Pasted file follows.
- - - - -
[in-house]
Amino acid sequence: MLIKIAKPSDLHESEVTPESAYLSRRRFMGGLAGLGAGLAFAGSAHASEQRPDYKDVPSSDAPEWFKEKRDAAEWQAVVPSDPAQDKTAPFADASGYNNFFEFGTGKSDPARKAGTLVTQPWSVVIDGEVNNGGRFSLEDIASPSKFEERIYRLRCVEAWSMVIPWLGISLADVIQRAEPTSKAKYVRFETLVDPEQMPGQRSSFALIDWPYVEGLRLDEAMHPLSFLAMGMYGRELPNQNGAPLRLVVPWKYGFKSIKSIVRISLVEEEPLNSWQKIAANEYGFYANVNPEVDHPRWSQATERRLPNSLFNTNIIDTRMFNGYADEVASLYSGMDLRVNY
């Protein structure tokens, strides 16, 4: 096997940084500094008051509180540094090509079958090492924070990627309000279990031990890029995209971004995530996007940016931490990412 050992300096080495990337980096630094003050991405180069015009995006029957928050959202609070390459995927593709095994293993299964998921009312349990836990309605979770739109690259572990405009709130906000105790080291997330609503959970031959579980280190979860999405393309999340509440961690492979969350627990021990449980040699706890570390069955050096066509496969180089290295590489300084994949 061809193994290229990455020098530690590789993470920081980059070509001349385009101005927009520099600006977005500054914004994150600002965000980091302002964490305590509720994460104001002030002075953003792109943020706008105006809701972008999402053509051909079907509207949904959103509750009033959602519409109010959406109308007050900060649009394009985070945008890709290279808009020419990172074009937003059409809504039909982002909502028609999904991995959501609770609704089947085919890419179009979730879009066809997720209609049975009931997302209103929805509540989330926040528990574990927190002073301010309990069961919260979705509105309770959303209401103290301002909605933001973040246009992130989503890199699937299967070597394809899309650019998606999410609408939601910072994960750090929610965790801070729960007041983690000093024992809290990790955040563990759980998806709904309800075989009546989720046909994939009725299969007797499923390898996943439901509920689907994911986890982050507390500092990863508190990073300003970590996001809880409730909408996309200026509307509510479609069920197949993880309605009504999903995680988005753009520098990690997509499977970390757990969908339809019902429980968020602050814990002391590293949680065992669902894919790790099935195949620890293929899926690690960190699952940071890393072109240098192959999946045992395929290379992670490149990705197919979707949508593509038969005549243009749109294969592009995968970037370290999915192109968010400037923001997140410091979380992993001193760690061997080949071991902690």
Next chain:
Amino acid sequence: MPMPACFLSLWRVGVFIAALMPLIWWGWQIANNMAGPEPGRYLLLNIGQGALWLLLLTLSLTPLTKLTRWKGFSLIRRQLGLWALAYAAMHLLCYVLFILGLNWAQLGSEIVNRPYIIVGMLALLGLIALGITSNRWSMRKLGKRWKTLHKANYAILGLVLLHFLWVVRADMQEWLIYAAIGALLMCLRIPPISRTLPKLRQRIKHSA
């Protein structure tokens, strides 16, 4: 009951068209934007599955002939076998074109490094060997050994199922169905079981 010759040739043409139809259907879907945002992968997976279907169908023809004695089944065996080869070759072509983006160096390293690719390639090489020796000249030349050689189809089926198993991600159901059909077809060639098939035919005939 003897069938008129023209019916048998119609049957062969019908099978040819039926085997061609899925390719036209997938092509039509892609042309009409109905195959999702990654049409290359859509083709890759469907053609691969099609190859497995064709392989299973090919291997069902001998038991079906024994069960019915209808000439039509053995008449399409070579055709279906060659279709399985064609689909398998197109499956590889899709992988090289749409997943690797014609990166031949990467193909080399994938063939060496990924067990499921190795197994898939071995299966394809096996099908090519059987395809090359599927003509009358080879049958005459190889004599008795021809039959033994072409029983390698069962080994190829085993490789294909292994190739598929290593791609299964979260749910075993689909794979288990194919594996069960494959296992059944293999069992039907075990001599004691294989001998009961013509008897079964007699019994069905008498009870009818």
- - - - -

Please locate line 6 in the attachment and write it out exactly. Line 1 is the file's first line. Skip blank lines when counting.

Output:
């Protein structure tokens, strides 16, 4: 009951068209934007599955002939076998074109490094060997050994199922169905079981 010759040739043409139809259907879907945002992968997976279907169908023809004695089944065996080869070759072509983006160096390293690719390639090489020796000249030349050689189809089926198993991600159901059909077809060639098939035919005939 003897069938008129023209019916048998119609049957062969019908099978040819039926085997061609899925390719036209997938092509039509892609042309009409109905195959999702990654049409290359859509083709890759469907053609691969099609190859497995064709392989299973090919291997069902001998038991079906024994069960019915209808000439039509053995008449399409070579055709279906060659279709399985064609689909398998197109499956590889899709992988090289749409997943690797014609990166031949990467193909080399994938063939060496990924067990499921190795197994898939071995299966394809096996099908090519059987395809090359599927003509009358080879049958005459190889004599008795021809039959033994072409029983390698069962080994190829085993490789294909292994190739598929290593791609299964979260749910075993689909794979288990194919594996069960494959296992059944293999069992039907075990001599004691294989001998009961013509008897079964007699019994069905008498009870009818």